By Geraldine Campbell for our sponsor, Jetsetter.com
Wedding planning is an exciting, emotional (sometimes exasperating) endeavor – and plotting your nuptials in a far-off place is no different. The advantages of a destination wedding are many: For one (let’s be honest), saying “I do” abroad limits the guest list. It can also be easier (yes, easier) to plan, since the resort’s on-site coordinator can handle everything from photographers and table arrangements to goodie bags. Not to mention: exchanging vows on a sandy beach with your friends and family? Priceless. We tapped the travel experts at Jetsetter.com for their top tips on making your destination wedding go off without a hitch.
1. Do your homework
Different countries have different requirements when it comes to non-natives getting married on native soil. In France, for example, a proper wedding can be un nightmare: The 40-day residence requirement is just one of the (many) steps required. In Bali, a legal ceremony is considerably easier, although, you and your honey have to be the same religion. So, wherever you’re dreaming of tying the knot, know what you’re getting into.
2. Have a symbolic ceremony
If you don’t want to deal with overseas bureaucracy, get married stateside (pop over to City Hall for a quickie or, better yet, hop on a flight to Vegas) – and have a non-civil ceremony in your destination of choice. No one will be the wiser.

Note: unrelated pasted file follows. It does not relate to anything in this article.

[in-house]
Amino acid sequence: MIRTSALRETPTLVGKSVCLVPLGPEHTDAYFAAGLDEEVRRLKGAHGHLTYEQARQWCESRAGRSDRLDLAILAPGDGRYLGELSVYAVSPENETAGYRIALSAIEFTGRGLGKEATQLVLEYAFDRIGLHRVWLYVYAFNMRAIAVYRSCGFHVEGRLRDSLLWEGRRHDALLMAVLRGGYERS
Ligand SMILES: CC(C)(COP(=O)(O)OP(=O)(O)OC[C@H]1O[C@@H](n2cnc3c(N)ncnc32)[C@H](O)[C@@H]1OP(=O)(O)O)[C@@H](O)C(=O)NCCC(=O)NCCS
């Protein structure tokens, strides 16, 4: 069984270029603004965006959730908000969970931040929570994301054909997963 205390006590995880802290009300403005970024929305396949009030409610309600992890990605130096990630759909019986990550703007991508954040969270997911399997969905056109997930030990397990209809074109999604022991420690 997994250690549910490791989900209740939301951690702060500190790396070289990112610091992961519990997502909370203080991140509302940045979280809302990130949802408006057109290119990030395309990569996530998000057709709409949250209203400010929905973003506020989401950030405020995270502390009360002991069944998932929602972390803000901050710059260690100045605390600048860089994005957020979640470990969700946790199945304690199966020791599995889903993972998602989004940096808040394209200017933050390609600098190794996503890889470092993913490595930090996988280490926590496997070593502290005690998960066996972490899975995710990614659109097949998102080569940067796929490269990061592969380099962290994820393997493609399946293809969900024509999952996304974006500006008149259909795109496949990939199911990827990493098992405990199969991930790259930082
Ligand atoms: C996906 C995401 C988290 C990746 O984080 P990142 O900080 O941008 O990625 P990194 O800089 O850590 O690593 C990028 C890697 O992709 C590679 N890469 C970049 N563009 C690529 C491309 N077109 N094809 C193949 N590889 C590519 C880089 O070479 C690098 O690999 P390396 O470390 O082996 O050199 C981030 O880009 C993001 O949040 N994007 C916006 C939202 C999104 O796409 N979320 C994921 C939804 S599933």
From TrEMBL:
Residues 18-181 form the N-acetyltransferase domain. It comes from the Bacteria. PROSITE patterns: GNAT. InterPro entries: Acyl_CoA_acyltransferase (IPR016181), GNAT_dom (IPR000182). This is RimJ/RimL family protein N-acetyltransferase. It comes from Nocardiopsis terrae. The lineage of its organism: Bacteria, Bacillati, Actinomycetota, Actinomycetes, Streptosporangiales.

3. Make considerations
For your guests, a destination wedding can be significantly more expensive than a domestic affair. Do them a favor and give fair warning – six months at minimum (a year is even better). Also, consider ditching the registry. If you’re not willing to forego gifts completely, include inexpensive items on your wish list.
4. Stay in one place
Honeymooning where you get hitched means you can go from reception to relaxation mode without the hassle of planes, trains and automobiles. It can also be cost-effective. Resort wedding packages often include a free stay for the bride and groom. Everything is negotiable and if the hotel isn’t willing to put you up for a night or two (or longer), ask for an upgrade.